8. Intraventricular hemorrhage: severity factor and treatment target in spontaneous intracerebral hemorrhage.

    PubMed

    Hanley, Daniel F

    2009-04-01

    This review focuses on the emerging principles of intracerebral hemorrhage (ICH) management, emphasizing the natural history and treatment of intraventricular hemorrhage. The translational and clinical findings from recent randomized clinical trials are defined and discussed. Summary of Review- Brain hemorrhage is the most severe of the major stroke subtypes. Extension of the hemorrhage into the ventricles (a 40% occurrence) can happen early or late in the sequence of events. Epidemiological data demonstrate the amount of blood in the ventricles relates directly to the degree of injury and likelihood of survival. Secondary tissue injury processes related to intraventricular bleeding can be reversed by removal of clot in animals. Specific benefits of removal include limitation of inflammation, edema, and cell death, as well as restoration of cerebral spinal fluid flow, intracranial pressure homeostasis, improved consciousness, and shortening of intensive care unit stay. Limited clinical knowledge exists about the benefits of intraventricular hemorrhage (IVH) removal in humans, because organized attempts to remove blood have not been undertaken in large clinical trials on a generalized scale. New tools to evaluate the volume and location of IVH and to test the benefits/risks of removal have been used in the clinical domain. Initial efforts are encouraging that increased survival and functional improvement can be achieved. Little controversy exists regarding the need to scientifically investigate treatment of this severity factor. Animal models demonstrate clot removal can improve the acute and long-term consequences of intraventricular extension from intracerebral hemorrhage by using minimally invasive techniques coupled to recombinant tissue plasminogen activator-mediated clot lysis. The most recent human clinical trials show that severity of initial injury and the long-term consequences of blood extending into the ventricles are clearly related to the amount of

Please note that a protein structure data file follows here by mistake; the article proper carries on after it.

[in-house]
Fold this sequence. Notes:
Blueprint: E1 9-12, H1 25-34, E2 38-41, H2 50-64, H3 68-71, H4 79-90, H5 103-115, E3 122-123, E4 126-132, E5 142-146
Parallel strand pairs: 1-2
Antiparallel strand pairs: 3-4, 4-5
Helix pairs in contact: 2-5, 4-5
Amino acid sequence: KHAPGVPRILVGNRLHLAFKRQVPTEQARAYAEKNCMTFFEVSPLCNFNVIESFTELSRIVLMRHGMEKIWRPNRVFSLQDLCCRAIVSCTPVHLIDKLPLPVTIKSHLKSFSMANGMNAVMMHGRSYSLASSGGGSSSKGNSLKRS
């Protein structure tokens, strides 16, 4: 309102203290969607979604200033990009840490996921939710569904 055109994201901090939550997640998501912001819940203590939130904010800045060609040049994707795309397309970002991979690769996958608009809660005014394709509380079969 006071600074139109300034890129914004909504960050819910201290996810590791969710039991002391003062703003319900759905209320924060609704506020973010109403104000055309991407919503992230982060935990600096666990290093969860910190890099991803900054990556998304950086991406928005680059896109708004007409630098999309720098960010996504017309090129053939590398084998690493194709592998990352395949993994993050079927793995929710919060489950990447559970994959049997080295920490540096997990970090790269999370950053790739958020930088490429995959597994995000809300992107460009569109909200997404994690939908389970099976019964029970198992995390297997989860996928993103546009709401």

9. Aquaporins in Fetal Development.

    PubMed

    Martínez, Nora; Damiano, Alicia E

    2017-01-01

    Water homeostasis during fetal development is of crucial physiologic importance. The successful formation and development of the placenta is critical to maintain normal fetal growth and homeostasis. The expression of several aquaporins (AQPs ) was found from blastocyst stages to term placenta and fetal membranes. Therefore, AQPs are proposed to play important roles in normal pregnancy, fetal growth, and homeostasis of amniotic fluid volume, and water handling in other organs. However, the functional importance of AQPs in fetal development remains to be elucidated.

  10. Ruptured intracranial aneurysm in patients with osteogenesis imperfecta: 2 familial cases and a systematic review of the literature.

    PubMed

    Gaberel, T; Rochey, A; di Palma, C; Lucas, F; Touze, E; Emery, E

    2016-12-01

    Osteogenesis imperfecta is an inherited connective tissue disorder that causes bone fragility. Vascular complications have been described, but only few cases of ruptured intracranial aneurysm have been reported. We first described 2 familial cases of ruptured intracranial aneurysm and then conducted a systematic review of the literature. A mother and her daughter with a typical history of osteogenesis imperfecta presented with subarachnoid hemorrhage, which was related to a posterior communicating artery aneurysm in both cases. The mother had early rebleeding and died. The aneurysm was excluded by coiling in the daughter. Despite occurrence of hydrocephalus and delayed cerebral ischemia, she had an excellent functional outcome. A systematic review of the literature identified seven additional cases. None of the cases were in fact familial. All patients had a previous medical history of multiple fractures. Seven aneurysms were resolved, three by surgical clipping and four by endovascular procedure. No periprocedural complication was reported. One patient died prematurely and 6 experienced good functional outcome. We report the first familial cases of aneurysmal subarachnoid hemorrhage in osteogenesis imperfecta patients. Intracranial aneurysms are probably linked to a collagen pathology, which is at the origin of osteogenesis imperfecta. In cases of aneurysmal subarachnoid hemorrhage in an osteogenesis imperfecta family, intracranial aneurysm screenings in the relatives showing osteogenesis imperfecta should be considered. Copyright © 2016 Elsevier Masson SAS. All rights reserved.